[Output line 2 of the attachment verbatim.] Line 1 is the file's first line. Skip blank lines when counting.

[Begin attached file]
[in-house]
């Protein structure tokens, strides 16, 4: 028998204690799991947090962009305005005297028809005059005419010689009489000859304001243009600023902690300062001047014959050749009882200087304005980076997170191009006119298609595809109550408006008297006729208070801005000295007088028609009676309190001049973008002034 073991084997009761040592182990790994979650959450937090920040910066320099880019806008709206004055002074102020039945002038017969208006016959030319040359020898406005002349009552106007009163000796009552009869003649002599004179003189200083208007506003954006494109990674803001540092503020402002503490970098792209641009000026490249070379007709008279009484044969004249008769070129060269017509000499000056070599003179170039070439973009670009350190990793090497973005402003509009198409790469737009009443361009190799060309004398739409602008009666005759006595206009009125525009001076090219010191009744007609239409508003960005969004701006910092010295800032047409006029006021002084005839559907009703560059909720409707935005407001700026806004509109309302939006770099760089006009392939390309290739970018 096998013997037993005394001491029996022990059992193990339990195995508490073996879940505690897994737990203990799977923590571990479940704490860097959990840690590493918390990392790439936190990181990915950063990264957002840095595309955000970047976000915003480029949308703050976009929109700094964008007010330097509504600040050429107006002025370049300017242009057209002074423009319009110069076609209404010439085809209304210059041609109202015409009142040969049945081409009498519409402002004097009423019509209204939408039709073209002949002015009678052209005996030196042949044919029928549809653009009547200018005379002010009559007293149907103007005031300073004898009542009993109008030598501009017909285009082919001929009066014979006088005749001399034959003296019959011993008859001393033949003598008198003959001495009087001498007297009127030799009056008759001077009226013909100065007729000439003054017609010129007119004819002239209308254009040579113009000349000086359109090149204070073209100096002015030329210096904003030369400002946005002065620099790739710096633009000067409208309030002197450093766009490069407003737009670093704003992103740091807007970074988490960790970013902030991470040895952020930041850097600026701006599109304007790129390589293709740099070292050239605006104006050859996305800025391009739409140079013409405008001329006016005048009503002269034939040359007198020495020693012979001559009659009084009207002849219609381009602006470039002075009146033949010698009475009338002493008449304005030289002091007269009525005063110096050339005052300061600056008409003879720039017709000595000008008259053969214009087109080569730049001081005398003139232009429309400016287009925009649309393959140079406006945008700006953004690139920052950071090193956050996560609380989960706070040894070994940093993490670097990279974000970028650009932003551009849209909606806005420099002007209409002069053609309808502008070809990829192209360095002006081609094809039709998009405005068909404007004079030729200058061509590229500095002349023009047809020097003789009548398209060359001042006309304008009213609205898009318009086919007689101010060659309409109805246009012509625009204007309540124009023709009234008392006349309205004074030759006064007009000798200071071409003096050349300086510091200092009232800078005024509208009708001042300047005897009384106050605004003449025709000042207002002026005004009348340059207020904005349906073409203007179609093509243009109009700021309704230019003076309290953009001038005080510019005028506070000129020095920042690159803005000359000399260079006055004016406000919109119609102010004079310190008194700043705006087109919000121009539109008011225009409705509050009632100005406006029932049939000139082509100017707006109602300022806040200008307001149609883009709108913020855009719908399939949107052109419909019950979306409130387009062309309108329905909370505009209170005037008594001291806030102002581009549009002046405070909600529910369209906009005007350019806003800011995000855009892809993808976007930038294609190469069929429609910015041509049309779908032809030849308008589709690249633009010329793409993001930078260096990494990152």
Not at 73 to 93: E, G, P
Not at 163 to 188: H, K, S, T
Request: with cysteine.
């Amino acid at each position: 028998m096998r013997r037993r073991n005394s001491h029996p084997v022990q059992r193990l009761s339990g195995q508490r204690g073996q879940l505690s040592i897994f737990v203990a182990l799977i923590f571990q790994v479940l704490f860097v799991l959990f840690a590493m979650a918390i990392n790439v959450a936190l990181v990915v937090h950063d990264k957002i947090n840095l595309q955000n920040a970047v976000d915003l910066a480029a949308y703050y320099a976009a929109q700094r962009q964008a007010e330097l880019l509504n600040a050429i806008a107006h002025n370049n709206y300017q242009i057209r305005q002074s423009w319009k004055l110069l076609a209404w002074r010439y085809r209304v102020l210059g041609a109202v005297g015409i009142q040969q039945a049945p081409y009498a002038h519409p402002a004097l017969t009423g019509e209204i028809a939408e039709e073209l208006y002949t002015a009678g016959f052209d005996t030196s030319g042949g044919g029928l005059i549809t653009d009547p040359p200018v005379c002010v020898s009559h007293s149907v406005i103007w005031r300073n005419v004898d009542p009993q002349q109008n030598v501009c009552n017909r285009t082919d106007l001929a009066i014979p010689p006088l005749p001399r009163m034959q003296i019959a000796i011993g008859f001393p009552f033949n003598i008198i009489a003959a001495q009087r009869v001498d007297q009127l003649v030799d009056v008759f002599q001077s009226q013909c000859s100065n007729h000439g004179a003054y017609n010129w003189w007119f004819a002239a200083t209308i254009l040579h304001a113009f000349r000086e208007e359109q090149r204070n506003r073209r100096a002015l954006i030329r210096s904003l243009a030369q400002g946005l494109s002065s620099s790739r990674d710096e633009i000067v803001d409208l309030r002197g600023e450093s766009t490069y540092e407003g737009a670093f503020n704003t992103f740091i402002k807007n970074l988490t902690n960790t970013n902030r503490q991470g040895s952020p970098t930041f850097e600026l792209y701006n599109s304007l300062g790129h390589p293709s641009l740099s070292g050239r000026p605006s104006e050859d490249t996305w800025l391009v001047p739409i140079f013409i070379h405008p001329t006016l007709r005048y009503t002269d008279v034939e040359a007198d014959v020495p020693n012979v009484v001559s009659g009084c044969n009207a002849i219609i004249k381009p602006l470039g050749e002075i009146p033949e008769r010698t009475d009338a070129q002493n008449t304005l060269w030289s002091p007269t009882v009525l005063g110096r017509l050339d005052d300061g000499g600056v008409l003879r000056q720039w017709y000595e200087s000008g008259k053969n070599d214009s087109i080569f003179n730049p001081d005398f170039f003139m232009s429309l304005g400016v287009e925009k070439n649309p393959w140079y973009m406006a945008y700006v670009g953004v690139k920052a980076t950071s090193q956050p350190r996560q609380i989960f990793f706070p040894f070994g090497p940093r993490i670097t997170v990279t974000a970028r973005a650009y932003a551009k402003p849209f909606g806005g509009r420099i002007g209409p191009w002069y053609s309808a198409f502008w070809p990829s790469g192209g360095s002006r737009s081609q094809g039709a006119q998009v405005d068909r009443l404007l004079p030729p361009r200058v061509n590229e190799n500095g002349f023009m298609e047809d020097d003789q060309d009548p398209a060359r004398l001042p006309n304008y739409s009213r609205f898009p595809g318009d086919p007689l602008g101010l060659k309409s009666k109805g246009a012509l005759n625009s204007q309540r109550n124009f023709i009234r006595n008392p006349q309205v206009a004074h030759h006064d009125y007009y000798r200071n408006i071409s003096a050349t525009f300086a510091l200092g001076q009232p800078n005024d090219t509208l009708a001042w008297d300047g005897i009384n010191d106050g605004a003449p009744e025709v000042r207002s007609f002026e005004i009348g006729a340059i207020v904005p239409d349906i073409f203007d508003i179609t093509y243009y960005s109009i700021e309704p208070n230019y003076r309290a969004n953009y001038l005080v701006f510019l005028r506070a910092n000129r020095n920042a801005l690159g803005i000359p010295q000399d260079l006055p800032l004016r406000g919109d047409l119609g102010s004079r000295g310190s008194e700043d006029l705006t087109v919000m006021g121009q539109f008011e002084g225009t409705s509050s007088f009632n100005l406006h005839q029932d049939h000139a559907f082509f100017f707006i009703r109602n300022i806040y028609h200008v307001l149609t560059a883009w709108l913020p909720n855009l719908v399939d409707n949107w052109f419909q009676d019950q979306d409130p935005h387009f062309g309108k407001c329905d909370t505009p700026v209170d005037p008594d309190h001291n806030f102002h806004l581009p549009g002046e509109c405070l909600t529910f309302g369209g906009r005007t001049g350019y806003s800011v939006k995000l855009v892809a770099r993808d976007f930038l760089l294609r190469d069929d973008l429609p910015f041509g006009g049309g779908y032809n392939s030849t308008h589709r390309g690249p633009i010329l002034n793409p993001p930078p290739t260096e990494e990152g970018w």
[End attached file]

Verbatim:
């Protein structure tokens, strides 16, 4: 028998204690799991947090962009305005005297028809005059005419010689009489000859304001243009600023902690300062001047014959050749009882200087304005980076997170191009006119298609595809109550408006008297006729208070801005000295007088028609009676309190001049973008002034 073991084997009761040592182990790994979650959450937090920040910066320099880019806008709206004055002074102020039945002038017969208006016959030319040359020898406005002349009552106007009163000796009552009869003649002599004179003189200083208007506003954006494109990674803001540092503020402002503490970098792209641009000026490249070379007709008279009484044969004249008769070129060269017509000499000056070599003179170039070439973009670009350190990793090497973005402003509009198409790469737009009443361009190799060309004398739409602008009666005759006595206009009125525009001076090219010191009744007609239409508003960005969004701006910092010295800032047409006029006021002084005839559907009703560059909720409707935005407001700026806004509109309302939006770099760089006009392939390309290739970018 096998013997037993005394001491029996022990059992193990339990195995508490073996879940505690897994737990203990799977923590571990479940704490860097959990840690590493918390990392790439936190990181990915950063990264957002840095595309955000970047976000915003480029949308703050976009929109700094964008007010330097509504600040050429107006002025370049300017242009057209002074423009319009110069076609209404010439085809209304210059041609109202015409009142040969049945081409009498519409402002004097009423019509209204939408039709073209002949002015009678052209005996030196042949044919029928549809653009009547200018005379002010009559007293149907103007005031300073004898009542009993109008030598501009017909285009082919001929009066014979006088005749001399034959003296019959011993008859001393033949003598008198003959001495009087001498007297009127030799009056008759001077009226013909100065007729000439003054017609010129007119004819002239209308254009040579113009000349000086359109090149204070073209100096002015030329210096904003030369400002946005002065620099790739710096633009000067409208309030002197450093766009490069407003737009670093704003992103740091807007970074988490960790970013902030991470040895952020930041850097600026701006599109304007790129390589293709740099070292050239605006104006050859996305800025391009739409140079013409405008001329006016005048009503002269034939040359007198020495020693012979001559009659009084009207002849219609381009602006470039002075009146033949010698009475009338002493008449304005030289002091007269009525005063110096050339005052300061600056008409003879720039017709000595000008008259053969214009087109080569730049001081005398003139232009429309400016287009925009649309393959140079406006945008700006953004690139920052950071090193956050996560609380989960706070040894070994940093993490670097990279974000970028650009932003551009849209909606806005420099002007209409002069053609309808502008070809990829192209360095002006081609094809039709998009405005068909404007004079030729200058061509590229500095002349023009047809020097003789009548398209060359001042006309304008009213609205898009318009086919007689101010060659309409109805246009012509625009204007309540124009023709009234008392006349309205004074030759006064007009000798200071071409003096050349300086510091200092009232800078005024509208009708001042300047005897009384106050605004003449025709000042207002002026005004009348340059207020904005349906073409203007179609093509243009109009700021309704230019003076309290953009001038005080510019005028506070000129020095920042690159803005000359000399260079006055004016406000919109119609102010004079310190008194700043705006087109919000121009539109008011225009409705509050009632100005406006029932049939000139082509100017707006109602300022806040200008307001149609883009709108913020855009719908399939949107052109419909019950979306409130387009062309309108329905909370505009209170005037008594001291806030102002581009549009002046405070909600529910369209906009005007350019806003800011995000855009892809993808976007930038294609190469069929429609910015041509049309779908032809030849308008589709690249633009010329793409993001930078260096990494990152």